Cadbury drops Fairtrade logo
Cadbury is pulling out of the Fairtrade scheme in favour of its own sustainability programme
Cocoa Life branding will replace the Fairtrade logo, currently on the front of plain Cadbury Dairy Milk bars, from May. Products such as Cadbury Drinking Chocolate, Dairy Milk Buttons and Giant Buttons will follow.
According to the Fairtrade Foundation, “five times as much Cadbury chocolate will now be made with sustainably sourced cocoa.”
The Fairtrade logo will now, confusingly, be transferred to the back of the products’ packaging as a “partner” on the grounds that Fairtrade will continue to monitor the company’s work. Its products will no longer contain Fairtrade-certified ingredients.
Mondelez International, Cadbury’s US owner, said the move was a “groundbreaking commitment”. However, the decision has been criticised by many in the industry. It is seen as a retrograde step.
After years of resisting the Fairtrade movement, four of the largest five global chocolate companies, Nestlé (Kit Kat), Mars (Maltesers), Hershey’s and Mondelez (Cadbury Dairy Milk, Green & Blacks), had released Fairtrade-certified chocolate. Cadbury was the first mainstream chocolate brand to become Fairtrade certified in 2009. Now Cadbury will sit with Ferrero in having no chocolate certified by a credible standard.
The Cocoa Life programme
The Cocoa Life programme does not specify a minimum price for cocoa, as Fairtrade does, but Mondelez said farmers would not be any worse off under the new programme. Mondelez stated that farmer income had increased 49% more and cocoa yield increased 37% more in Ghanaian Cocoa Life communities than in communities outside the programme.
Fairtrade chocolate company, Divine, said it was unclear to what extent investment and spending would be monitored under Cocoa Life, and whether farmers would be able to have “appropriate influence” over the prices they get for their cocoa.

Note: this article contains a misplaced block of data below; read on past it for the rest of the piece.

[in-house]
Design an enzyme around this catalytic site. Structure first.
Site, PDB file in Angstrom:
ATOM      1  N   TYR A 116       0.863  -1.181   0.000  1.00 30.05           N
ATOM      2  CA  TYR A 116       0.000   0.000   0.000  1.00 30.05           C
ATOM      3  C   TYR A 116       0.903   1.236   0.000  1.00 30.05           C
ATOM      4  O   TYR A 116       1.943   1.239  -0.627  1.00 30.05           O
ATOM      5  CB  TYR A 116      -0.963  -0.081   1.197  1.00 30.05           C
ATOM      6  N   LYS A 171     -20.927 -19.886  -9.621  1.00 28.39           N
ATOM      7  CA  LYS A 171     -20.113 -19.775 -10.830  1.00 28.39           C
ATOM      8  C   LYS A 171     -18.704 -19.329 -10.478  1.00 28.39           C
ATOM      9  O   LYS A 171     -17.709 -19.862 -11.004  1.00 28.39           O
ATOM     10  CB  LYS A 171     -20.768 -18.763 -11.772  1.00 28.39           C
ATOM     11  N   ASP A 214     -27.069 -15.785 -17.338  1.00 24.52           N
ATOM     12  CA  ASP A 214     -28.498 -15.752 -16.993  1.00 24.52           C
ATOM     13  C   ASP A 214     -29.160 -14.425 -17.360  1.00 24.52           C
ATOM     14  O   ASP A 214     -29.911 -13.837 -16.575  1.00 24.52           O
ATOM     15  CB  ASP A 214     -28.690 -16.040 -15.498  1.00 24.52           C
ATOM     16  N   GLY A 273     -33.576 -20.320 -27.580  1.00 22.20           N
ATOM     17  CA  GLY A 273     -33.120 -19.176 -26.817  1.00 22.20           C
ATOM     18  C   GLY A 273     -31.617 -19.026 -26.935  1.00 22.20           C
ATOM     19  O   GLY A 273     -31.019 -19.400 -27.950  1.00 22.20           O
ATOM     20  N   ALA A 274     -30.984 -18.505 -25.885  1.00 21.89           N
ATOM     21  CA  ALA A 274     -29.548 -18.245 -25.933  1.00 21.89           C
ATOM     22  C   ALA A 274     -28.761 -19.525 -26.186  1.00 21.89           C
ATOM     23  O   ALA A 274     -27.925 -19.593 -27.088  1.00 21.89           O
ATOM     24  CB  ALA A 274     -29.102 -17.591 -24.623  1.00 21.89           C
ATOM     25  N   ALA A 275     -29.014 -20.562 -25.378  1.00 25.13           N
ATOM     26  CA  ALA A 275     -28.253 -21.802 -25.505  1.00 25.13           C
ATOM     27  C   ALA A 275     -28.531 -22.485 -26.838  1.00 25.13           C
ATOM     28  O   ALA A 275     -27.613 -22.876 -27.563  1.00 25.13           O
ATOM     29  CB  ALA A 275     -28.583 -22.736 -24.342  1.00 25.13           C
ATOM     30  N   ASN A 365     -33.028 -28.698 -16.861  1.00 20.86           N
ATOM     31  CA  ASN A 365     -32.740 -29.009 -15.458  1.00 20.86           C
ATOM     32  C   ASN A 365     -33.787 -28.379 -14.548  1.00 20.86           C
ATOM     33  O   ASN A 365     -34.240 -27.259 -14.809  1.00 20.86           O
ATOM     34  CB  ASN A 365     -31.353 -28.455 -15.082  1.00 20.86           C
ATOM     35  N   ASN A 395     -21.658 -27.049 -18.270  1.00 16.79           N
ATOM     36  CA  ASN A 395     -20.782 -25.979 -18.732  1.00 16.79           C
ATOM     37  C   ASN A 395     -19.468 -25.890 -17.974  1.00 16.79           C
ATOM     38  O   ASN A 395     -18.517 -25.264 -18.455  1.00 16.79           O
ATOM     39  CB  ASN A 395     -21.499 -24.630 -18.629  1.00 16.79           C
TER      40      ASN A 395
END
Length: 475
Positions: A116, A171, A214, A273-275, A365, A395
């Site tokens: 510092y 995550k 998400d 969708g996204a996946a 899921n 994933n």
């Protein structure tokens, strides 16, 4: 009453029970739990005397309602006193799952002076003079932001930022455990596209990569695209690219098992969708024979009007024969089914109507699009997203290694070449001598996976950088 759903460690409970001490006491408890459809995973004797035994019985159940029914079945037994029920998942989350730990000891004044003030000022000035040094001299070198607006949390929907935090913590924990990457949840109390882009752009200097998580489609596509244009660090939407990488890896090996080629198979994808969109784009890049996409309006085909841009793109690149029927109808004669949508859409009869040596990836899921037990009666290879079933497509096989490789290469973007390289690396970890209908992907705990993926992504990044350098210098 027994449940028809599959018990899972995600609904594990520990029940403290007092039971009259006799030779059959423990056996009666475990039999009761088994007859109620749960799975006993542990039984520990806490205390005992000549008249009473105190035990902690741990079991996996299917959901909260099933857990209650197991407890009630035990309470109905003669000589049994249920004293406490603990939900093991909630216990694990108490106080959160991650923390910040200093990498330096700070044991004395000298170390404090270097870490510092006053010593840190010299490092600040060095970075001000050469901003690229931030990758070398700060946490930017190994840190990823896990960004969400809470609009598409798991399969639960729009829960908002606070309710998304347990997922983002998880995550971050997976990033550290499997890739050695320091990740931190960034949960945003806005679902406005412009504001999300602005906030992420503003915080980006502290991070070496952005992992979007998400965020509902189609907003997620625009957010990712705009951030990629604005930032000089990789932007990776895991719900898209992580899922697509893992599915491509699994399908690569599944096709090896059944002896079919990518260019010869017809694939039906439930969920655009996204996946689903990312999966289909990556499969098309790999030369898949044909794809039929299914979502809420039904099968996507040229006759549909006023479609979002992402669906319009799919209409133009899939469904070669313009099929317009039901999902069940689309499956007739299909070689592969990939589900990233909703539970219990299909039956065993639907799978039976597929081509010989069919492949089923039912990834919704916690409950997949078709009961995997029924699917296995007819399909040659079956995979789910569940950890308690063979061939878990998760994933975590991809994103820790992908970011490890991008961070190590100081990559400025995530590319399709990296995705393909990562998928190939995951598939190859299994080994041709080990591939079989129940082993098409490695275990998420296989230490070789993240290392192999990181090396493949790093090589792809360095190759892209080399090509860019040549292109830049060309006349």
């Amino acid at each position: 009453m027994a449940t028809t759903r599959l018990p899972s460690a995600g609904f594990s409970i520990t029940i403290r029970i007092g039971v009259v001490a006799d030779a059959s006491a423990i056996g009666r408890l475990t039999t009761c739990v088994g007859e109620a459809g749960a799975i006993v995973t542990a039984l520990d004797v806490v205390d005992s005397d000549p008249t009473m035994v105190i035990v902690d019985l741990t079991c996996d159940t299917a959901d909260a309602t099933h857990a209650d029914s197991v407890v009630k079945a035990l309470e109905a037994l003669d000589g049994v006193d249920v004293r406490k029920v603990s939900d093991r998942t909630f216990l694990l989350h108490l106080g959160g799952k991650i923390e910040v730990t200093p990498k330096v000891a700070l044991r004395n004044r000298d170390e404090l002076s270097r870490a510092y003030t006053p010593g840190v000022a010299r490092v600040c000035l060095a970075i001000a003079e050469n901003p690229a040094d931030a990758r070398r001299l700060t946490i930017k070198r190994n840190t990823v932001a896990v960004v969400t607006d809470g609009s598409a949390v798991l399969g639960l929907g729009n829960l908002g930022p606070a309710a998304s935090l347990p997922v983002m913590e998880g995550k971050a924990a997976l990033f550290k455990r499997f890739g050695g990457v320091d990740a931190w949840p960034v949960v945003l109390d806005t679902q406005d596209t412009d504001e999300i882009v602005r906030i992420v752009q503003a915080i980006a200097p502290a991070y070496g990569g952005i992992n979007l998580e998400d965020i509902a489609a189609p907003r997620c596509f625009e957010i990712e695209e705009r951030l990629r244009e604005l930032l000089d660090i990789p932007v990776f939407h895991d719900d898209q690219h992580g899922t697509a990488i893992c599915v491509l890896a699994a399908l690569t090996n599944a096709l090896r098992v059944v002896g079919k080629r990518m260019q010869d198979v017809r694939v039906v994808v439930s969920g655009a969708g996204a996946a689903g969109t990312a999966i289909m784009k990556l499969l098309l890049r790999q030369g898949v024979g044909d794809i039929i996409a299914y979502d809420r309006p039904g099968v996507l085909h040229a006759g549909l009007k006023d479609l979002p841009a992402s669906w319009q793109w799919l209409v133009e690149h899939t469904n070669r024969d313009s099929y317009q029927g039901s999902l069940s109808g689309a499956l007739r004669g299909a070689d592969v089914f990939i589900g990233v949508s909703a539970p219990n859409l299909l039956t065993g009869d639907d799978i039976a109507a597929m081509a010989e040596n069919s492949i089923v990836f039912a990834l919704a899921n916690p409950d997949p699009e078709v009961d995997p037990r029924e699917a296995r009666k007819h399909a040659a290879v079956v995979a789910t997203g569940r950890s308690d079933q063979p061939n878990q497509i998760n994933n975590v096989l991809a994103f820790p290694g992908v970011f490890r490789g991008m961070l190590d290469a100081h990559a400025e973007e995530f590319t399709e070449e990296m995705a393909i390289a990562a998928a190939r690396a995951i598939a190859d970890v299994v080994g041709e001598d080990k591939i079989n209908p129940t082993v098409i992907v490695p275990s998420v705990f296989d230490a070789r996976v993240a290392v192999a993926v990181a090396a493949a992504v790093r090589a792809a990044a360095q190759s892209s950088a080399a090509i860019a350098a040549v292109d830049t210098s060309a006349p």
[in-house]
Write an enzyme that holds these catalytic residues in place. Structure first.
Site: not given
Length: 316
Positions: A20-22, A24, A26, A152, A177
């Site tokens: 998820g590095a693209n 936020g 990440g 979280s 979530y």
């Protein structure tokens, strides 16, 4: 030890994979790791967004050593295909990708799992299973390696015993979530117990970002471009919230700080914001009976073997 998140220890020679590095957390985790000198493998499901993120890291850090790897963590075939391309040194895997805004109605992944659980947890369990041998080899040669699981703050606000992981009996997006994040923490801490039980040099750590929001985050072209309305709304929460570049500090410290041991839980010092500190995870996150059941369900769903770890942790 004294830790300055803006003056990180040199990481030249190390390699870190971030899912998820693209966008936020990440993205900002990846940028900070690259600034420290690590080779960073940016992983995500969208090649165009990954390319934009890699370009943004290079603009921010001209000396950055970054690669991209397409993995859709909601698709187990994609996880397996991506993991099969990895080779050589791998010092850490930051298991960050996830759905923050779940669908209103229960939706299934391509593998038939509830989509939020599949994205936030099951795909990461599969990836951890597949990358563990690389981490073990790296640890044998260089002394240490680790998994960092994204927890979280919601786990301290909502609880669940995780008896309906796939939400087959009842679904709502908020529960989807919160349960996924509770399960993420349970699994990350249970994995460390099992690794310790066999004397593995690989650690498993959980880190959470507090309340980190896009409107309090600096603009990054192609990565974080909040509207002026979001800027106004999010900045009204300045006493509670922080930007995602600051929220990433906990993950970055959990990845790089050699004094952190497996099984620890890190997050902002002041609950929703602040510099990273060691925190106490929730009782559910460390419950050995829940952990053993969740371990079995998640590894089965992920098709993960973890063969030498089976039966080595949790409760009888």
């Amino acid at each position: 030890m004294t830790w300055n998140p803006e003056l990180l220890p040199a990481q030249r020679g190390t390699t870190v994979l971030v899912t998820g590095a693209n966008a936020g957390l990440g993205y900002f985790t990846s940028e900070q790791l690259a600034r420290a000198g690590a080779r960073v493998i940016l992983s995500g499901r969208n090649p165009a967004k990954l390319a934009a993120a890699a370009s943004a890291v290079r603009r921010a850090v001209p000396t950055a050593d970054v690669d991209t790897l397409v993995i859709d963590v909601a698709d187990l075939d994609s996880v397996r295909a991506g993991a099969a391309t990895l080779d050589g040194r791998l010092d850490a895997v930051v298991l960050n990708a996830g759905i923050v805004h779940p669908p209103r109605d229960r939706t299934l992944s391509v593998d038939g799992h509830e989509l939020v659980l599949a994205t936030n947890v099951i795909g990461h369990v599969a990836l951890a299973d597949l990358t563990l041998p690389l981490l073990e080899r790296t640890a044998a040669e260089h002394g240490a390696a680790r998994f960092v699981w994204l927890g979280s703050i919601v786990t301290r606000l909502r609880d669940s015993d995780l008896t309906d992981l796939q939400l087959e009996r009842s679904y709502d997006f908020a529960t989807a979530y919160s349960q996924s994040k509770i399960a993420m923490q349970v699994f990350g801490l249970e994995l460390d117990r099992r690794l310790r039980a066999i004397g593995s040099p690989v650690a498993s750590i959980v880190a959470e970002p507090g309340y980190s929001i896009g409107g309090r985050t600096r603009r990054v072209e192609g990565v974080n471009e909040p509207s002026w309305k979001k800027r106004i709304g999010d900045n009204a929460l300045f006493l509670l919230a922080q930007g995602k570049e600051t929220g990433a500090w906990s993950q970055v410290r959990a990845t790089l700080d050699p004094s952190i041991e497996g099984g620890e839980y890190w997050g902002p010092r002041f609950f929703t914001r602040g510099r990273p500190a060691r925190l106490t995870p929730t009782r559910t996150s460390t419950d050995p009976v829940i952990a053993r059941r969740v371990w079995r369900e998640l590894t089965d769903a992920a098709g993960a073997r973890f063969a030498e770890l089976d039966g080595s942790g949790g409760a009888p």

FLOCERT, which also works as Fairtrade’s independent assurance and certification body, will continue to independently verify the supply chain of Cocoa Life as the programme grows. This involves tracking the quantity of sustainably grown and traded cocoa and the loyalty payments made to farmer organizations.
End of Fairtrade chocolate?
The big question now is whether other firms will also choose to abandon Fairtrade certification and adopt their own systems of self-regulation.
“With the other major players also building their own company schemes, and potentially also opting out of any independent certification schemes, how are consumers to assess and compare the benefits to farmers being offered by the different chocolate brands?” said Divine.
Barbara Crowther, Director of Policy and Public Affairs at Fairtrade Foundation, acknowledged the risks involved in the move towards company-led schemes.
“What would be a concern is if lots of companies start making claims about their programmes and there is no transparency or independent verification of what those programmes are delivering,” she said.
Green & Black's
In another disappointing move, Green & Black’s, bought in 2005 by Cadbury, announced it has begun using non-organic chocolate for the first time since it was founded in 1991. It has dropped the word ‘organic’ from its new range of bars in the USA. Green & Blacks was the first chocolate in the UK to be awarded the Fairtrade mark.
How long will it be until it joins its sister company and drops its Fairtrade certification?
In our guide to chocolate, the following companies only made Fairtrade chocolate: Seed & Bean, Cocoa Loco, Divine, Vego, Madecasse, Meaningful Chocolate, Raw Chocolate Co, Traidcraft and The Co-op own brand.
This story has been added to our corporate database. The database powers all our live product guides, giving the score for each company on our rankings tables. Find out more about how we rate companies.